There is a lot of marketing around products for mould… and a lot of hype now that the effects of mould on health are gaining awareness in the community. In this video, I share with you information about mould & essential oils.
I want to shed light and science onto this, making things simple for you!
More Information on Mould & Essential Oils
Oregano and Thyme Essential Oils are the best anti-fungals of the essential oils – this has been demonstrated by numerous studies (see below).
Many people do these days, and this can have a bigger impact that just feeling sleepy all day, or perhaps being on the caffeine-cycle. Ironically, according to apps on our devices, there is an “insomnia epidemic.”
When you are tired, you don’t function so well – your mood is off, your tolerance levels are down, you are easily agitated or stressed. As well, over time, this can deplete you and your immunity is also affected.
Why is Sleep so Important?
Sleep is incredibly important as it is the time that we heal and recover from our day – in preparation for the next day. Sleep is when we detoxify, when we create melatonin (a hormone which has an antioxidant effect) and when we rest.
It is one of the most important physiological functions we do, in my opinion.
What Affects Sleep?
There are many factors that can impact sleep. Some of these are:
Eating too late
Poor sleep hygiene
Did You Know…?
Did you know that if you use your device for two hours in the evening that it affects the quality of your sleep; melatonin production; your mood, attention and accuracy the following day?
Research links this to the short-wave light emitted from the LED lights inside our devices (Green, et al, 2017). I wonder if there is more to it, and the use of these devices on wi-fi or 3G/4G/5G is also playing a role.
What Can I Do to Improve My Sleep?
I am going to focus purely on environmental stressors here…
1) Promote melatonin production – ensure your bedroom is dark. If this isn’t possible, it would be worth using an eye shade.
2) Reduce the radio frequency electromagnetic energy (RF EME) – turn off your mobile phone and wi-fi router
3) Reduceindoor air contaminants – remove scented reeds and candles from your bedroom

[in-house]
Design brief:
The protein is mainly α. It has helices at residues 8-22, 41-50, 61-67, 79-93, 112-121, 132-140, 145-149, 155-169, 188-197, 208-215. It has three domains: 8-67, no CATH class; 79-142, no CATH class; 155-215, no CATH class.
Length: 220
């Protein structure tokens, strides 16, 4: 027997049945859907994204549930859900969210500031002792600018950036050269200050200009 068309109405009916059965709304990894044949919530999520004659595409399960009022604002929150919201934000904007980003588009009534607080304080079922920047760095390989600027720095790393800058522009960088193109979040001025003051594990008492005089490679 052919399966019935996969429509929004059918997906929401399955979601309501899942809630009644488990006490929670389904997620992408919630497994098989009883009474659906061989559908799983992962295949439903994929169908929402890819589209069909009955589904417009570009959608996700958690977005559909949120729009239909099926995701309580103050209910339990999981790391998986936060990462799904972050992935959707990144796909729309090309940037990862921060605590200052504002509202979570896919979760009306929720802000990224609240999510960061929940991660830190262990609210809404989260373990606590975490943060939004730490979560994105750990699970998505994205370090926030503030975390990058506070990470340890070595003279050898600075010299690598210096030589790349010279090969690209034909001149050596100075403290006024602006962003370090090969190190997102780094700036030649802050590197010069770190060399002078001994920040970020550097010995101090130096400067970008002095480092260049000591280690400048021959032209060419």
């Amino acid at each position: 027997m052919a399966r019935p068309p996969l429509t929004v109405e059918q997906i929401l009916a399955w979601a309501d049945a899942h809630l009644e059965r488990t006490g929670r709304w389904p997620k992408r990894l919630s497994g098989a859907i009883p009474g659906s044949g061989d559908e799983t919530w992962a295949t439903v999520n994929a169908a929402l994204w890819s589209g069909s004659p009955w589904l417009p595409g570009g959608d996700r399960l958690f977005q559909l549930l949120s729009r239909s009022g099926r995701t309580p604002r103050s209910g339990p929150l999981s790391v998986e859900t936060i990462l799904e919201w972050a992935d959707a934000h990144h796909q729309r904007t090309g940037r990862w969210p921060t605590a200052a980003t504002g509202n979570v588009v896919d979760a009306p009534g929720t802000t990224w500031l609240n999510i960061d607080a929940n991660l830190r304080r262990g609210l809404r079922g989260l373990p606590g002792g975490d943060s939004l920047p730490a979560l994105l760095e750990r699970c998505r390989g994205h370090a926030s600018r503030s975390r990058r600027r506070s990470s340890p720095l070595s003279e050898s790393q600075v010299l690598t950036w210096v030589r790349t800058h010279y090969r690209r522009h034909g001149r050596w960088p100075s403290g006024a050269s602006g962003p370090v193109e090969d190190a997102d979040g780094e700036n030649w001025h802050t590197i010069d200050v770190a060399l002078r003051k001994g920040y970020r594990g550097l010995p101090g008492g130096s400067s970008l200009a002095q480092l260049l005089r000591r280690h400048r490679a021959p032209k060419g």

Humidity is not just a present in our rainforests, it is also present in our homes
Humidity is basically moisture levels in the air.
Relative humidity (RH) is what we commonly talk about, and the ideal range is between 45-55% RH.
Why? Because at this level, it is not moist enough to for most mould, bacteria and other microorganisms to grow. Thus, this is our levels of “no concern” in our Building Biology Standards.
This image depicts different activity levels at different levels of RH (Arundel, et al).
The best way to know what the levels are in your home or workplace is to use a basic hygrometer, such as this one.
RH levels affect our comfort levels as well as our experience of temperatures
When RH levels are high, temperatures feel a lot more oppressive… Think “tropics” and “wet seasons.”
When RH levels are very low, we feel dry – our eyes, throat and mouth can become irritated as a result. Too, we may experience more static electricity.
Why is Humidity an Issue?
Humidity is an issue because when a material is cold enough, this moisture will condense out of the air and can result in the proliferation of mould. Read more about condensation here.
In a recent trip to far north Queensland, I witnessed first hand what regular high levels of RH were like. The temperatures remained stable in the high 20s (celcius) and the RH levels were around 86% night and day. The buildings I saw had the air conditioning running full pelt, and as a result, there was water streaming down all the windows.
On further investigation, it was apparent that the building materials had varying temperatures, and some were cold enough to be below dew point. The result? In technical terms: mould in the interstitial spaces of the building… hidden mould – aka “invisible mould.”
In the video below as I share with you how to manage humidity in our homes.
Understand the difference between desiccant dehumidifiers and refrigerant dehumidifiers and which one is best for you.
Condensation is an enormous issues in buildings, whether they be older buildings with single glazed windows and/or no insulation OR brand new buildings that are built to be energy efficient.
“My Building Is New, There is No Mould”